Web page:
SINGAPORE: Blogger Alex Au will remove four posts published on his site, which are said to be defamatory to Singapore Prime Minister Lee Hsien Loong.
Mr Au told Channel NewsAsia he will also put up a letter of apology.
The moves came after Prime Minister Lee Hsien Loong demanded he takes down the article entitled "PAP mis—AIMed, faces blowback", which was on the sale of a computing system for the town councils managed by the ruling People’s Action Party, to a company called Action Information Management (AIM).
A letter of demand was sent through Mr Lee’s lawyers from Drew & Napier on Friday, pointing out that the article, together with 21 comments posted on Mr Au’s site, are "false and baseless allegations".
It said they can be taken together to suggest that the prime minister is guilty of corruption.
It demanded that Mr Au immediately remove the posts and publish an apology on his blog within three days. If he fails to do so, Mr Lee will take legal action.
When contacted, Mr Au said he accepts that several of his comments, as well as 21 other comments from readers are defamatory, and that he will take them down as requested.
While he will also issue a letter of apology, he added that the latest development should not distract from the issue of the sale of town council software to AIM.
From what has been disclosed so far, he said people would have many questions, and it is important that these questions be answered.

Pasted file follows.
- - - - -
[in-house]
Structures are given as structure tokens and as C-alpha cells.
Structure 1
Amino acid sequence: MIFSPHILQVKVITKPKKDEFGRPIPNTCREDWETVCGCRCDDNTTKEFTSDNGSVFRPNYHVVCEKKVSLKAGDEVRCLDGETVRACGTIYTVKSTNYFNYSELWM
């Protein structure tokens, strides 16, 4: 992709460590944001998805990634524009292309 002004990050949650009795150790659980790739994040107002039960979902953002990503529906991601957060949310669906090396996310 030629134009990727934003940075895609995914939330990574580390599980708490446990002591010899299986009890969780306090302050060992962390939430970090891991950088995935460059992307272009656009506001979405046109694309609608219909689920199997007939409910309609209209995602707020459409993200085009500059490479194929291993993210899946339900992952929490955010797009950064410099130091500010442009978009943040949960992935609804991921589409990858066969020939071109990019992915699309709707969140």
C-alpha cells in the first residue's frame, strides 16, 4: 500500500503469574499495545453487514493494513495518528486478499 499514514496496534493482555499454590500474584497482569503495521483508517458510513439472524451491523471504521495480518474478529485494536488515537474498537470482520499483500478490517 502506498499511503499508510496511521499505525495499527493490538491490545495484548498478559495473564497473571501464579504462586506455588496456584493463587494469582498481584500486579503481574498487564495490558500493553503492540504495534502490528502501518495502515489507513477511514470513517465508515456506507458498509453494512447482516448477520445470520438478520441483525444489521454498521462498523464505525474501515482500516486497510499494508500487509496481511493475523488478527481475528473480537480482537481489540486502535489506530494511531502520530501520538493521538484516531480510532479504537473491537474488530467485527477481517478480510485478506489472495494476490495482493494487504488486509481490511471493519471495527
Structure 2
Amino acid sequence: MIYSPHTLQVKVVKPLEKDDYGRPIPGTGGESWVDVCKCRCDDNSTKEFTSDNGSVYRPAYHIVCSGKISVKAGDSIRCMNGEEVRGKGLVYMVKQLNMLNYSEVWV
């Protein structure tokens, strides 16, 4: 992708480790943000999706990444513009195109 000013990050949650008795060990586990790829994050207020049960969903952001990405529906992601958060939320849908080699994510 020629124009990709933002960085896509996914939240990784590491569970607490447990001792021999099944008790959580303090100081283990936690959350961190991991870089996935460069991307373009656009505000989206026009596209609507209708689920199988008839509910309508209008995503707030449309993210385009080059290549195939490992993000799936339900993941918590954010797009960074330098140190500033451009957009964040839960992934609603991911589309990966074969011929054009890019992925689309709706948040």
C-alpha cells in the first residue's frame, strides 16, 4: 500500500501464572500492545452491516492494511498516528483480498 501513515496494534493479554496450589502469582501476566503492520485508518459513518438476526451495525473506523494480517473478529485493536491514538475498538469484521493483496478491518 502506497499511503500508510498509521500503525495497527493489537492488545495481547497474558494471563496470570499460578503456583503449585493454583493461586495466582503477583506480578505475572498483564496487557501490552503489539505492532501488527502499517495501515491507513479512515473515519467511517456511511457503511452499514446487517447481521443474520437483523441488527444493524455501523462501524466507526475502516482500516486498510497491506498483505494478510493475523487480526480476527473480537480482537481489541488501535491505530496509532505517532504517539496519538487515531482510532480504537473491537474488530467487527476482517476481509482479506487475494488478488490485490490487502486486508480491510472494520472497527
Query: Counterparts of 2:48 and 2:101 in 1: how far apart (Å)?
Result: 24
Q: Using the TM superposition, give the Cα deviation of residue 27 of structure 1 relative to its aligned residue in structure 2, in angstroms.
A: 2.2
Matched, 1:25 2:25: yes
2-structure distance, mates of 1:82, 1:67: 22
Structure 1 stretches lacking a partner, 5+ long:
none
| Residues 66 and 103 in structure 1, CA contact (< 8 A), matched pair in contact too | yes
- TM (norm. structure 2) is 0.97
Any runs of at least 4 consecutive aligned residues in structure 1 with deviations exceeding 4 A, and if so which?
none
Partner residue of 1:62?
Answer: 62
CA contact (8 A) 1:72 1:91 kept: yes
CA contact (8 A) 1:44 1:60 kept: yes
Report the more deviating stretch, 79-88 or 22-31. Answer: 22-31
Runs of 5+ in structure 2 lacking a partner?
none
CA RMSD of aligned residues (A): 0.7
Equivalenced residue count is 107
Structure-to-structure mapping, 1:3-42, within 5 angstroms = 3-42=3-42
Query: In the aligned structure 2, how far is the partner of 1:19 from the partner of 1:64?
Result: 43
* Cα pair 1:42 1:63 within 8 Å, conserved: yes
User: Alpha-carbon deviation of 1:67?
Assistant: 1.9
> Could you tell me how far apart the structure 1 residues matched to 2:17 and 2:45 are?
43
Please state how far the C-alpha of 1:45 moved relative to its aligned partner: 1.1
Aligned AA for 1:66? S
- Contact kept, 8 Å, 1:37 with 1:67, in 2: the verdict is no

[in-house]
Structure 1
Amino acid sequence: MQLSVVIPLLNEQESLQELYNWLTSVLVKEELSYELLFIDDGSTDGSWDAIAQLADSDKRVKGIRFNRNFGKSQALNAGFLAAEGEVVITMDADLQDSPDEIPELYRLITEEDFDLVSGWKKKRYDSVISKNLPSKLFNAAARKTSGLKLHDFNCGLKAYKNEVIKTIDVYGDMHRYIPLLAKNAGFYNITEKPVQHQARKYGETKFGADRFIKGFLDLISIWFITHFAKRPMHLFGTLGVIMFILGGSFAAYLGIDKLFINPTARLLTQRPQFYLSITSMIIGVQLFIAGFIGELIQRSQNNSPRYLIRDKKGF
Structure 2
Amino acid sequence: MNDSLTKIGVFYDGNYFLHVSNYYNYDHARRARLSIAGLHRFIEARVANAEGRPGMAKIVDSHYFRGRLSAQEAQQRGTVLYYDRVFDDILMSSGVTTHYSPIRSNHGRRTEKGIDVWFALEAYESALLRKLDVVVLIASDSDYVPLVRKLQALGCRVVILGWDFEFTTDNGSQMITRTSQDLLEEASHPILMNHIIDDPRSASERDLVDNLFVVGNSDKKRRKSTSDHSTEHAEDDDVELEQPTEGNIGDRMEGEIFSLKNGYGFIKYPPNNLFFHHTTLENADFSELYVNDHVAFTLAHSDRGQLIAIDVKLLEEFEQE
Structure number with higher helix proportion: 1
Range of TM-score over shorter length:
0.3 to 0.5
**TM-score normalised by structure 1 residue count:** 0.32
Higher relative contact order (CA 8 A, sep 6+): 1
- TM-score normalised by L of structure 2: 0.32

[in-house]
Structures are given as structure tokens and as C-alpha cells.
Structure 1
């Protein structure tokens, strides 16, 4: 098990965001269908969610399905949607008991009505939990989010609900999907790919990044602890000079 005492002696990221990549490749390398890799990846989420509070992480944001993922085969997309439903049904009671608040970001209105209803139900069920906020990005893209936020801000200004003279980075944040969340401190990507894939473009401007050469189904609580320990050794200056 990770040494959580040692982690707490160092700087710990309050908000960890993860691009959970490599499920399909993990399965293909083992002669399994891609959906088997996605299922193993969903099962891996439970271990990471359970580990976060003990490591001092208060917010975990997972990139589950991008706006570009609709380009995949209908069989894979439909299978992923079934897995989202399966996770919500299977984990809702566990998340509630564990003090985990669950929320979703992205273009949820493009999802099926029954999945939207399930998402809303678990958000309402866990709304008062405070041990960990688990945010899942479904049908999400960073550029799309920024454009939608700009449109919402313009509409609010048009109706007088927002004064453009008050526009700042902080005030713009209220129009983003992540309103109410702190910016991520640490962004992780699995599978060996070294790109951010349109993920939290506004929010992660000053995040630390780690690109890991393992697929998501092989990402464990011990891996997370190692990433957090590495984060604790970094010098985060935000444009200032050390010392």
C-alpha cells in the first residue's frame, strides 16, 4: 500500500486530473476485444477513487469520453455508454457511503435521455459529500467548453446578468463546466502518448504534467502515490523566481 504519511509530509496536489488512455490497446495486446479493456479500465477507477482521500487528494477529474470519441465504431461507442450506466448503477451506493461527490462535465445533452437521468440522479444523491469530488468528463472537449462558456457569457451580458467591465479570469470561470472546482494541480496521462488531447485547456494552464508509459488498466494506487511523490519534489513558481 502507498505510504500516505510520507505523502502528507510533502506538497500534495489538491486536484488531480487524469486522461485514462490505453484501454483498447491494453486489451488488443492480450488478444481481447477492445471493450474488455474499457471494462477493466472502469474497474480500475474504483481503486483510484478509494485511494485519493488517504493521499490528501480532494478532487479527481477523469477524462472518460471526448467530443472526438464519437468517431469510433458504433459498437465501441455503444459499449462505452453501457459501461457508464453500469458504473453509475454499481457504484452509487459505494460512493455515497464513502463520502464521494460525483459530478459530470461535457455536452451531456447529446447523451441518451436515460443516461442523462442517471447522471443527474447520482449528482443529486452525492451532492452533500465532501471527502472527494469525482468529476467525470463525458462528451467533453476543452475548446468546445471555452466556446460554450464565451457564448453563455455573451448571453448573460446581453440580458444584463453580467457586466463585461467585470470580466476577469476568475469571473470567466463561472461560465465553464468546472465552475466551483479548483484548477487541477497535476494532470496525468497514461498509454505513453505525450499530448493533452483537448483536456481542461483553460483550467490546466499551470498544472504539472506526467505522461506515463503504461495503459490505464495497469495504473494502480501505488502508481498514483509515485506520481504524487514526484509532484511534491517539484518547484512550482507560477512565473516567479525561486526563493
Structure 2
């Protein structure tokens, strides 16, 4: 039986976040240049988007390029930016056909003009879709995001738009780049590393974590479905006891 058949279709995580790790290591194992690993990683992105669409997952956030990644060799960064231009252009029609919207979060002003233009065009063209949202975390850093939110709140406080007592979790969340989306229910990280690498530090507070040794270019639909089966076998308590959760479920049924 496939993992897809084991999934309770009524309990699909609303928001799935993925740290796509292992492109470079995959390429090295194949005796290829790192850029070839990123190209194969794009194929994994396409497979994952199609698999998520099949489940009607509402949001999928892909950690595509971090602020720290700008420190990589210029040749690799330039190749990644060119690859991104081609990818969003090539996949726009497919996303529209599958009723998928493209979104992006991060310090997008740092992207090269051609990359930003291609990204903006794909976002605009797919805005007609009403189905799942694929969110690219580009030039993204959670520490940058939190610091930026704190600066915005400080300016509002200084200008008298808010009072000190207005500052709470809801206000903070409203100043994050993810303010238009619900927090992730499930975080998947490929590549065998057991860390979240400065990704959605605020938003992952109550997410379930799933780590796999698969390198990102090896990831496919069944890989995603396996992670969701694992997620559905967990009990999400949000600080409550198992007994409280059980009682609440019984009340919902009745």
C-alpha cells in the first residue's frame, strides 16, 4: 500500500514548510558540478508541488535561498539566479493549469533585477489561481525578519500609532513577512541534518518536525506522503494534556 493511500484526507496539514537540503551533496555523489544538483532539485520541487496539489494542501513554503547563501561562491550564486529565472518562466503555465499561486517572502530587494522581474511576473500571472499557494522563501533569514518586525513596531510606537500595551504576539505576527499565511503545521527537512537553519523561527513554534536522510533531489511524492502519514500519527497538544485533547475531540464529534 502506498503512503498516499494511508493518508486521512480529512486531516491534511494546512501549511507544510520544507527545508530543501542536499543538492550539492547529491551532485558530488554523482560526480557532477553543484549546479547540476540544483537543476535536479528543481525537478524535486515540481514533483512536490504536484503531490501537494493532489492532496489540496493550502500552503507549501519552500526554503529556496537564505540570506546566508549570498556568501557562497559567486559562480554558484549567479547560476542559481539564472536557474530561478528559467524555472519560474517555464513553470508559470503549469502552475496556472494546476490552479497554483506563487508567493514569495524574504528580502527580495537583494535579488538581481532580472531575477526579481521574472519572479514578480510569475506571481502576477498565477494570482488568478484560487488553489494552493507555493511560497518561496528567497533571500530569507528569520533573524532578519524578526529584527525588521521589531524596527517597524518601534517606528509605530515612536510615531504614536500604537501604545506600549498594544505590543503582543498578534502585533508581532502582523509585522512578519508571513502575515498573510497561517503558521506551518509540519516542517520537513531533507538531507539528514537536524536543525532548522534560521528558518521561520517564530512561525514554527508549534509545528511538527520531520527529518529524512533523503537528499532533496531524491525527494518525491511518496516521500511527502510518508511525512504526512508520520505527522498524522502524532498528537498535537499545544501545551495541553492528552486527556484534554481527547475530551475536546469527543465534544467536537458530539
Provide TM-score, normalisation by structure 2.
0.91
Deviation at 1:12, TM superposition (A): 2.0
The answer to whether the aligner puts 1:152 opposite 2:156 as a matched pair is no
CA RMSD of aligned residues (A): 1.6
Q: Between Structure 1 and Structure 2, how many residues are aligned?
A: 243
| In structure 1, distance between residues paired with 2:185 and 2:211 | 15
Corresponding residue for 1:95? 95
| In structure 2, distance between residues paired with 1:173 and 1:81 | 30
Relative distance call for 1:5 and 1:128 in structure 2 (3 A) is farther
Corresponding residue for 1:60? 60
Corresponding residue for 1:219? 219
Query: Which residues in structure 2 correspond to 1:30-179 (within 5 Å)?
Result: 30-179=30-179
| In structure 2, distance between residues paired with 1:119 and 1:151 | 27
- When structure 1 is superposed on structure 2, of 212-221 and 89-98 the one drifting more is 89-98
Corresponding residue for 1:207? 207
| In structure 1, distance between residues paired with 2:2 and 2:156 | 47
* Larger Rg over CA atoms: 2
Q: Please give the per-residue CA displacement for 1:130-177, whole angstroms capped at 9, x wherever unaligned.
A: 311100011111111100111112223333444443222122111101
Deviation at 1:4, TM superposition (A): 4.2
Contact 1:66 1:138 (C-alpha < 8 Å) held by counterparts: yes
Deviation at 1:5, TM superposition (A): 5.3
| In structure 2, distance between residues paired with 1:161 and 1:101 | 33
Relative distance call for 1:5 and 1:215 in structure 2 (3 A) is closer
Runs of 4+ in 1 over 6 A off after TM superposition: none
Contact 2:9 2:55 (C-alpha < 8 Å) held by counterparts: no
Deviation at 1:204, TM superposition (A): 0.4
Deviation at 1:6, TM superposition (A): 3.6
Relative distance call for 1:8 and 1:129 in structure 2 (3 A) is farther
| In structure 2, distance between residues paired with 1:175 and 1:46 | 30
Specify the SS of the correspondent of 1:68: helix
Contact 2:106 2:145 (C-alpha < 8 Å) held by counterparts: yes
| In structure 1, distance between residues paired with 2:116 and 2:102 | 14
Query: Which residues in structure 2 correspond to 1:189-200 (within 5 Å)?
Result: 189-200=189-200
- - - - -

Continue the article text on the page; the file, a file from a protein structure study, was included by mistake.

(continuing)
Mr Au’s post was first published on 21 December 2012, following an exchange of words between Aljunied—Hougang Town Council chairman Sylvia Lim and coordinating chairman of the PAP town councils Teo Ho Pin.
It arose from a town council management report for which the Aljunied—Hougang Town Council received a pending rating for corporate governance.
Ms Lim attributed it to the fact that its computer systems were being changed at the time.
The contract with AIM, which owns the software, was terminated — with mutual agreement — at the request of the new Aljunied—Hougang Town Council.
AIM is a company fully owned by the PAP.
The matter then morphed into issues of transparency and public interest, along with questions raised about why the software was sold to AIM, after only one bid was received.
Mr Teo has since defended the allegations.
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